When compounded by factors such as poverty, disability and locations, such barriers can become nearly insurmountable for young girls.
|© UNICEF/NYHQ2013-0131/Iman Morooka|
|Children attend a remedial class, held inside a building sheltering displaced families in Homs, Syrian Arab Republic.|
Recognizing the opportunities provided through girls’ education, UNICEF supports governments in the reduction of gender disparities through interventions at national, local and community levels aimed at empowering girls. Through the United Nations Girls’ Education Initiative (UNGEI), we champion the rights of girls and help countries achieve gender equality in education. UNICEF serves as lead agency and hosts the Secretariat of the UNGEI partnership. In addition, we empower girls by supporting life skills-based education and female role models in education. Child-Friendly Schools promote gender equality in the classroom by providing an overall gender-sensitive environment that is conducive to learning at all levels.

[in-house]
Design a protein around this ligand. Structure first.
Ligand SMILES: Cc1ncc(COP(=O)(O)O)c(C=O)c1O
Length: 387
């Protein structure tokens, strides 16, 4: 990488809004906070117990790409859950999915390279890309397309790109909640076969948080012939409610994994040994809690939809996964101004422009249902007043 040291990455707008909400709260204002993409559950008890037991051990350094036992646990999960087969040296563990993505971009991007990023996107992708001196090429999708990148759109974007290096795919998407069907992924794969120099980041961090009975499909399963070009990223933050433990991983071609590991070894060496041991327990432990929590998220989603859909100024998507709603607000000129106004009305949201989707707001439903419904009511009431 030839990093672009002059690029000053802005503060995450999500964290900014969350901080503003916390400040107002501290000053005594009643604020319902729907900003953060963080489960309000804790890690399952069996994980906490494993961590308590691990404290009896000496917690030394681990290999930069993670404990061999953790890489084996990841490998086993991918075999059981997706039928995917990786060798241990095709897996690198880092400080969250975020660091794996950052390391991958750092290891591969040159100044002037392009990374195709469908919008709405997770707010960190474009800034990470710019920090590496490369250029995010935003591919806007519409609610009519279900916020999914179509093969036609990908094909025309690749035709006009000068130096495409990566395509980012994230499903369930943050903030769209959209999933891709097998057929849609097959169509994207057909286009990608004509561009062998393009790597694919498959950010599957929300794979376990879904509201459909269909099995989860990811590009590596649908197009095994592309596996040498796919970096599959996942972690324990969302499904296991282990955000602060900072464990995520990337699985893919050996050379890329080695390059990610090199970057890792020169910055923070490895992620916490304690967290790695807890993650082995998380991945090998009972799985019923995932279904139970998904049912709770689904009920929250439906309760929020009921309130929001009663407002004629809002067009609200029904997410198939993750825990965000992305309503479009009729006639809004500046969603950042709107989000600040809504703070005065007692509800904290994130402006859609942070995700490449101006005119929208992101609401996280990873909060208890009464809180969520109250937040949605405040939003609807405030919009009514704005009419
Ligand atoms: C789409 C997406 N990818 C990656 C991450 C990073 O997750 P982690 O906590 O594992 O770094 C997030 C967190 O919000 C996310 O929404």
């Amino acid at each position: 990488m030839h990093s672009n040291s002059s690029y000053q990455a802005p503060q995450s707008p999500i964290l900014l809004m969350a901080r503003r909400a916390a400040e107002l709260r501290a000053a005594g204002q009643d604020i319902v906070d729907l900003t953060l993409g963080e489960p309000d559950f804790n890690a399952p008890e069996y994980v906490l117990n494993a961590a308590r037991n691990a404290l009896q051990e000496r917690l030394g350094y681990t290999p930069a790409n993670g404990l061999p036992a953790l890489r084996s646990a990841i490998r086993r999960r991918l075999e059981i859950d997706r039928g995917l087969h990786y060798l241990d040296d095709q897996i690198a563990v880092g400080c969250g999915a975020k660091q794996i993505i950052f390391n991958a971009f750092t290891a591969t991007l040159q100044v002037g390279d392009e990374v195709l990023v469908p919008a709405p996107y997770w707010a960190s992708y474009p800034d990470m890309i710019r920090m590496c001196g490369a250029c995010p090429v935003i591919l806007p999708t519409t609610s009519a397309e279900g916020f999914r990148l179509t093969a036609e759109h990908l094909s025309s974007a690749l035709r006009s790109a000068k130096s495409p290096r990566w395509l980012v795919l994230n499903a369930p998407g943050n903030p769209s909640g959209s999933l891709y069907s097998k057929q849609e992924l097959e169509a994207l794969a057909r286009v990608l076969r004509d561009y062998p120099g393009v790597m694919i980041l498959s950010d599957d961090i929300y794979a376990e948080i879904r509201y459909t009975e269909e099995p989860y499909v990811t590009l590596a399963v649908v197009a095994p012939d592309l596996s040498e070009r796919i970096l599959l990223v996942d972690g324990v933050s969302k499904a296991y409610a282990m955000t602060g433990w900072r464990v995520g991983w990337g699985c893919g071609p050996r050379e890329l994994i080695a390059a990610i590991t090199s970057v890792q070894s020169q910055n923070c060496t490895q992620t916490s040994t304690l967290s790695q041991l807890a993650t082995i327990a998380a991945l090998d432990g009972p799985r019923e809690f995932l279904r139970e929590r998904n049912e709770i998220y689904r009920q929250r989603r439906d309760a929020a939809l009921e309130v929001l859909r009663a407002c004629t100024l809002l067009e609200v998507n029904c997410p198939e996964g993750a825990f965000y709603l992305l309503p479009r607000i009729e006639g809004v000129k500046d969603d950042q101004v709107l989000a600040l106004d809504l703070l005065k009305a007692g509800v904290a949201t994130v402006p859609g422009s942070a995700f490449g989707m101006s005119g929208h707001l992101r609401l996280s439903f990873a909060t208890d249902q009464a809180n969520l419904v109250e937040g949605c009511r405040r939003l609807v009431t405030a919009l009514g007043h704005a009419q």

These varied and multilayered disadvantages that girls face in education highlight the complex interrelatedness between gender and other disparities, along with the deep-rooted nature of these inequalities. Girls’ access to education alone cannot address these structural barriers, which require transformative approaches and strategies that tackle discrimination and power relations between males and females in schools and society at large. In line with the Operational Guidance on Promoting Gender Equality through UNICEF-Supported Programming in Basic Education, UNICEF has shifted towards a more comprehensive understanding of gender equality. This has resulted in an increasingly holistic approach to education that recognizes the importance of power in the inter-dependent relations among families, schools, communities and national governments.
2015 and beyond
As we look towards 2015 and beyond, UNICEF continues to take a more transformative approach to girls’ education by tackling discrimination, violence and the exclusion of girls from education. As such, programming in girls’ education will focus on the empowerment of girls in tandem with improving their learning and measuring learning outcomes. We are working with partners to move beyond indicators focused on gender parity and focus more on measuring larger progress in girls’ education on dimensions of equity and learning outcomes. Furthermore, this emphasis on girls’ empowerment will demand even greater attention to social emotional learning and innovation within programmatic approaches in education.
For more information on gender tools and other resources, please visit UNGEI’s website.